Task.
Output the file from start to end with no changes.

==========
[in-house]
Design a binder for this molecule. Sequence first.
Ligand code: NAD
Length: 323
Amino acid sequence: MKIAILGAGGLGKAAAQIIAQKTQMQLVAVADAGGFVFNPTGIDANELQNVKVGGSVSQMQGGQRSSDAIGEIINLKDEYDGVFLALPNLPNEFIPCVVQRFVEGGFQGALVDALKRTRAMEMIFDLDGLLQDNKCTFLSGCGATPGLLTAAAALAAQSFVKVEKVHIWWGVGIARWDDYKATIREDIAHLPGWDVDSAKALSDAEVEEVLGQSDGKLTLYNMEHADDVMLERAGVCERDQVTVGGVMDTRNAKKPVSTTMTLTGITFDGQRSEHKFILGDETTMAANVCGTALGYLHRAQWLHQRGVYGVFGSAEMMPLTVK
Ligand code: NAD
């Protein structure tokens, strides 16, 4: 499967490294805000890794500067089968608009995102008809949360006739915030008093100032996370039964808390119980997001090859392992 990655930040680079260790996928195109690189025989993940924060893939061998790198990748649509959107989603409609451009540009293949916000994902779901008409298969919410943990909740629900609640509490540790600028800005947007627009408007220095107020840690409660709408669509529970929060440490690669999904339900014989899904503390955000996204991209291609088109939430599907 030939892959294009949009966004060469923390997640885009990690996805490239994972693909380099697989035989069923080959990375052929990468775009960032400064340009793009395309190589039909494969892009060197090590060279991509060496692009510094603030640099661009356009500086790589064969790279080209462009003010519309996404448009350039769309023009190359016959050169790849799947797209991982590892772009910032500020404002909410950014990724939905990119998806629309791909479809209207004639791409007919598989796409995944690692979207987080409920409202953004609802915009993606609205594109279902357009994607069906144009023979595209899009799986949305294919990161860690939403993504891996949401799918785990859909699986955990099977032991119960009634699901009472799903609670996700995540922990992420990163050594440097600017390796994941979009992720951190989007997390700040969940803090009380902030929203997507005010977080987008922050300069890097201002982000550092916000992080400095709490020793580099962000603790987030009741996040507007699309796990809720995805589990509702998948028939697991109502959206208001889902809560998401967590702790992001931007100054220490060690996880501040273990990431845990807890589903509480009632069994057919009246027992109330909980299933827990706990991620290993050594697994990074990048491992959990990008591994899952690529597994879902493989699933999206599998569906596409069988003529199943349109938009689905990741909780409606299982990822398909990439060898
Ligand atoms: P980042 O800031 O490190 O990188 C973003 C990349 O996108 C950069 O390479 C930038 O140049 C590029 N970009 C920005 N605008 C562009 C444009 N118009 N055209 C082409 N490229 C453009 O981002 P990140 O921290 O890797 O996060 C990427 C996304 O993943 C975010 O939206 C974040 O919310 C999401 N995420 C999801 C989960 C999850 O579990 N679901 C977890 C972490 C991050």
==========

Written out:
[in-house]
Design a binder for this molecule. Sequence first.
Ligand code: NAD
Length: 323
Amino acid sequence: MKIAILGAGGLGKAAAQIIAQKTQMQLVAVADAGGFVFNPTGIDANELQNVKVGGSVSQMQGGQRSSDAIGEIINLKDEYDGVFLALPNLPNEFIPCVVQRFVEGGFQGALVDALKRTRAMEMIFDLDGLLQDNKCTFLSGCGATPGLLTAAAALAAQSFVKVEKVHIWWGVGIARWDDYKATIREDIAHLPGWDVDSAKALSDAEVEEVLGQSDGKLTLYNMEHADDVMLERAGVCERDQVTVGGVMDTRNAKKPVSTTMTLTGITFDGQRSEHKFILGDETTMAANVCGTALGYLHRAQWLHQRGVYGVFGSAEMMPLTVK
Ligand code: NAD
């Protein structure tokens, strides 16, 4: 499967490294805000890794500067089968608009995102008809949360006739915030008093100032996370039964808390119980997001090859392992 990655930040680079260790996928195109690189025989993940924060893939061998790198990748649509959107989603409609451009540009293949916000994902779901008409298969919410943990909740629900609640509490540790600028800005947007627009408007220095107020840690409660709408669509529970929060440490690669999904339900014989899904503390955000996204991209291609088109939430599907 030939892959294009949009966004060469923390997640885009990690996805490239994972693909380099697989035989069923080959990375052929990468775009960032400064340009793009395309190589039909494969892009060197090590060279991509060496692009510094603030640099661009356009500086790589064969790279080209462009003010519309996404448009350039769309023009190359016959050169790849799947797209991982590892772009910032500020404002909410950014990724939905990119998806629309791909479809209207004639791409007919598989796409995944690692979207987080409920409202953004609802915009993606609205594109279902357009994607069906144009023979595209899009799986949305294919990161860690939403993504891996949401799918785990859909699986955990099977032991119960009634699901009472799903609670996700995540922990992420990163050594440097600017390796994941979009992720951190989007997390700040969940803090009380902030929203997507005010977080987008922050300069890097201002982000550092916000992080400095709490020793580099962000603790987030009741996040507007699309796990809720995805589990509702998948028939697991109502959206208001889902809560998401967590702790992001931007100054220490060690996880501040273990990431845990807890589903509480009632069994057919009246027992109330909980299933827990706990991620290993050594697994990074990048491992959990990008591994899952690529597994879902493989699933999206599998569906596409069988003529199943349109938009689905990741909780409606299982990822398909990439060898
Ligand atoms: P980042 O800031 O490190 O990188 C973003 C990349 O996108 C950069 O390479 C930038 O140049 C590029 N970009 C920005 N605008 C562009 C444009 N118009 N055209 C082409 N490229 C453009 O981002 P990140 O921290 O890797 O996060 C990427 C996304 O993943 C975010 O939206 C974040 O919310 C999401 N995420 C999801 C989960 C999850 O579990 N679901 C977890 C972490 C991050």